This is a repo that includes a selection of original HP-48 calculator binaries relating to CHIP-8 interpreters - specifically the Chip-48 and Super-Chip platforms. They were obtained to allow CHIP-8 games to be run on an original 1990s HP48S calculator for OctoJam III, a game jam where people are asked to create new CHIP-8 games with Octo, a modern and very accessible interpreter. As of 2017, this project has extended itself to include binaries for the HP48 G series calculators.
Via analysis of the specifications for these interpreters, as well as contemporary programs which ran with them, it has been previously observed that there are some variations in how certain instructions are implemented on these platforms versus how they are implemented on CHIP-8's original platform, the RCA 1802 microcomputers of the 70s - these variations will be referred to as "Quirks", or similar. After having actually obtained an original calculator and investigating the binaries further, several more previously unknown quirks have been observed. The goal of this repo is to investigate the origin of these quirks, and offer some explanation as to what might have caused them.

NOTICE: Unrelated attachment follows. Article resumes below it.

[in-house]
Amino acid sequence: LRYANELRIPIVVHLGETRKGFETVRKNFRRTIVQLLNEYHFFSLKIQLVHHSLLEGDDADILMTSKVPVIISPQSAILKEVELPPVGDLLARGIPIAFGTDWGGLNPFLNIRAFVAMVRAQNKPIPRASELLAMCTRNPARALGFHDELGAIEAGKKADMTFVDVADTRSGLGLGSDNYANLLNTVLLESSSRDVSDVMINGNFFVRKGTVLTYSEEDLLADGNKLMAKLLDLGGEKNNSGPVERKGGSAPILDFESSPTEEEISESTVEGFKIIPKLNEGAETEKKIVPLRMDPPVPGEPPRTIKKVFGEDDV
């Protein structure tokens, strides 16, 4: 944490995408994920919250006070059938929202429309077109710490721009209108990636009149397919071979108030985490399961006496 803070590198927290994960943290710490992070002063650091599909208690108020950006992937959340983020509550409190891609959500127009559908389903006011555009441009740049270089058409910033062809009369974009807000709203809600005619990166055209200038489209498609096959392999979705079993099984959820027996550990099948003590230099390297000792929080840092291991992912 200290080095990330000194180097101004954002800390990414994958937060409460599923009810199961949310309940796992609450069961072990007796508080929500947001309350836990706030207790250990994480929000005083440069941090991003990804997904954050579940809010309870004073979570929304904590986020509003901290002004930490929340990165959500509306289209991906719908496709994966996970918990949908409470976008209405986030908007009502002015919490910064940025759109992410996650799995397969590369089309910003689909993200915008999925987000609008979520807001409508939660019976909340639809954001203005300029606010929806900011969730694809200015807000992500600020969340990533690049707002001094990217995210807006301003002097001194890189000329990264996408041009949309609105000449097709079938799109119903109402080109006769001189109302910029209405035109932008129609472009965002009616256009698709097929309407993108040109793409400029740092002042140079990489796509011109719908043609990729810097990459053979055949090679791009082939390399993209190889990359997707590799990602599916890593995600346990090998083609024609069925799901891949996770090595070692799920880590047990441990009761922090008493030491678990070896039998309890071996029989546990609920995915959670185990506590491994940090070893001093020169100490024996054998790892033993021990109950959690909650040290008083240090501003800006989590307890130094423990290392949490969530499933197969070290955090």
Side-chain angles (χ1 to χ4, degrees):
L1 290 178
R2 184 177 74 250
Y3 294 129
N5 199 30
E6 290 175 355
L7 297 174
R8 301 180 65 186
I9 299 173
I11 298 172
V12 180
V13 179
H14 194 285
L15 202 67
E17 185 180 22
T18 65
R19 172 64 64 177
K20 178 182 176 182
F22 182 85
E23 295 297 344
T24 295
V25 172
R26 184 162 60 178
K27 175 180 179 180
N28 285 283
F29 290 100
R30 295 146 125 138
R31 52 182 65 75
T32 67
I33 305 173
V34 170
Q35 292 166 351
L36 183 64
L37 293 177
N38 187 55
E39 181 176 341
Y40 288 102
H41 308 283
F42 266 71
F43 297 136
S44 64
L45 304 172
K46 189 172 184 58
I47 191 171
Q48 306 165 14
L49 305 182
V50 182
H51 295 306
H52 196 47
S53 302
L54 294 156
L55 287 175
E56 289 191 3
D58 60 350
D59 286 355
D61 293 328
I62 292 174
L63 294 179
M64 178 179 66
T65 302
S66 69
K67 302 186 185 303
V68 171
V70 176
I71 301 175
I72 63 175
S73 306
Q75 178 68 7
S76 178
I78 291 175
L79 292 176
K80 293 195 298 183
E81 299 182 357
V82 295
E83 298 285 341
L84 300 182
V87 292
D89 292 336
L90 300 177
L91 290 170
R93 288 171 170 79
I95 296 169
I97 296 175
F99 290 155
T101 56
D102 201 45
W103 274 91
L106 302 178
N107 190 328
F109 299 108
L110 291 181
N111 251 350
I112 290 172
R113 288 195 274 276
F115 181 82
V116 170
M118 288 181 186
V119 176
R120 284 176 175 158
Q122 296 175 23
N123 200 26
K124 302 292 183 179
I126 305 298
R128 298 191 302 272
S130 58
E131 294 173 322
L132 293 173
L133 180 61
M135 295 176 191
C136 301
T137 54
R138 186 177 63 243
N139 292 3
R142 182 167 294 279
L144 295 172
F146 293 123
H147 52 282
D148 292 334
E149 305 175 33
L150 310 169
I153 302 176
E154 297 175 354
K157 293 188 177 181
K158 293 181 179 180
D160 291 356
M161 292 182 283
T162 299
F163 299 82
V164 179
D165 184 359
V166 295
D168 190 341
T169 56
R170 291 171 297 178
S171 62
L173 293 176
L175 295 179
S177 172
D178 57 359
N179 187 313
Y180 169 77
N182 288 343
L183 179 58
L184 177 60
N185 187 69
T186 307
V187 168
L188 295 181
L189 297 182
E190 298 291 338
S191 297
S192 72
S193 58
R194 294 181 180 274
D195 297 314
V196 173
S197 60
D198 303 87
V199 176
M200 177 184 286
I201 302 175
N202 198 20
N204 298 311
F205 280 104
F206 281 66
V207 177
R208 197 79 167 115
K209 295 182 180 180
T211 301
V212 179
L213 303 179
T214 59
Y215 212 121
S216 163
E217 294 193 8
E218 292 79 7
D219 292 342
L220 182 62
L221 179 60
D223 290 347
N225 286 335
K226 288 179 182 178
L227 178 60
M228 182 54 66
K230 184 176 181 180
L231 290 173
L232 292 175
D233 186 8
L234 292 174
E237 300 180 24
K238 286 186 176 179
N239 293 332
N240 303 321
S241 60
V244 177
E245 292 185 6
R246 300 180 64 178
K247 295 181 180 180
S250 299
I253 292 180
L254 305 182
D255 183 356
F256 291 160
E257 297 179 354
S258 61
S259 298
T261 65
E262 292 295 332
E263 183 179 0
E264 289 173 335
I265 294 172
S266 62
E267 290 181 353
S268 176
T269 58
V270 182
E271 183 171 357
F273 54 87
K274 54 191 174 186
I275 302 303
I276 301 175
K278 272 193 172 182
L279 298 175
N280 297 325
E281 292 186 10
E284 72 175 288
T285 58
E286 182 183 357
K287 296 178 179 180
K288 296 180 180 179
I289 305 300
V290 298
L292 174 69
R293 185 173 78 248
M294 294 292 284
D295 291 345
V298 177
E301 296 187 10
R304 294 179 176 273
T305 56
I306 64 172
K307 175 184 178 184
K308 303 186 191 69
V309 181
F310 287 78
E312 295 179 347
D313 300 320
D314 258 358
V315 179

I would like to clarify that, these interpreters were written by hobbyists for fun, and shared freely on the internet via newsgroups. As far as I'm aware, they were not particularly widely used or analyzed, and they likely did not have access to original implementations or games to verify their interpreters behaved in exactly the same way. This project is not intended to be a criticism of their work, more an investigation and documenting of how and why they behaved as they do. That these interpreters exist to begin with is likely responsible for CHIP-8 being remembered the way it is, so, I'm thankful to them for that.
Here are some explanations of some terms:
An interpreted Assembly Language designed in the 1970s to allow for people to share games across a handful of home computer platforms. It has since become popular for programmers to write a CHIP-8 interpreter in their language of choice, to become familiar with how simple microprocessors can work, as there are already a good selection of programs available for it.
A popular graphing calculator launched in the early 90s by HP. It supported the creation of programs via assembly language for it's Saturn microprocessor. Similar in a lot of ways to the popular Ti81, it did however not support an accessible language for general programming, such as BASIC. As a result, (I believe/am guessing) Andreas Gustafsson thought to write a CHIP-8 interpreter for the HP48 so people could more easily write programs and games, and play those that had been already written before.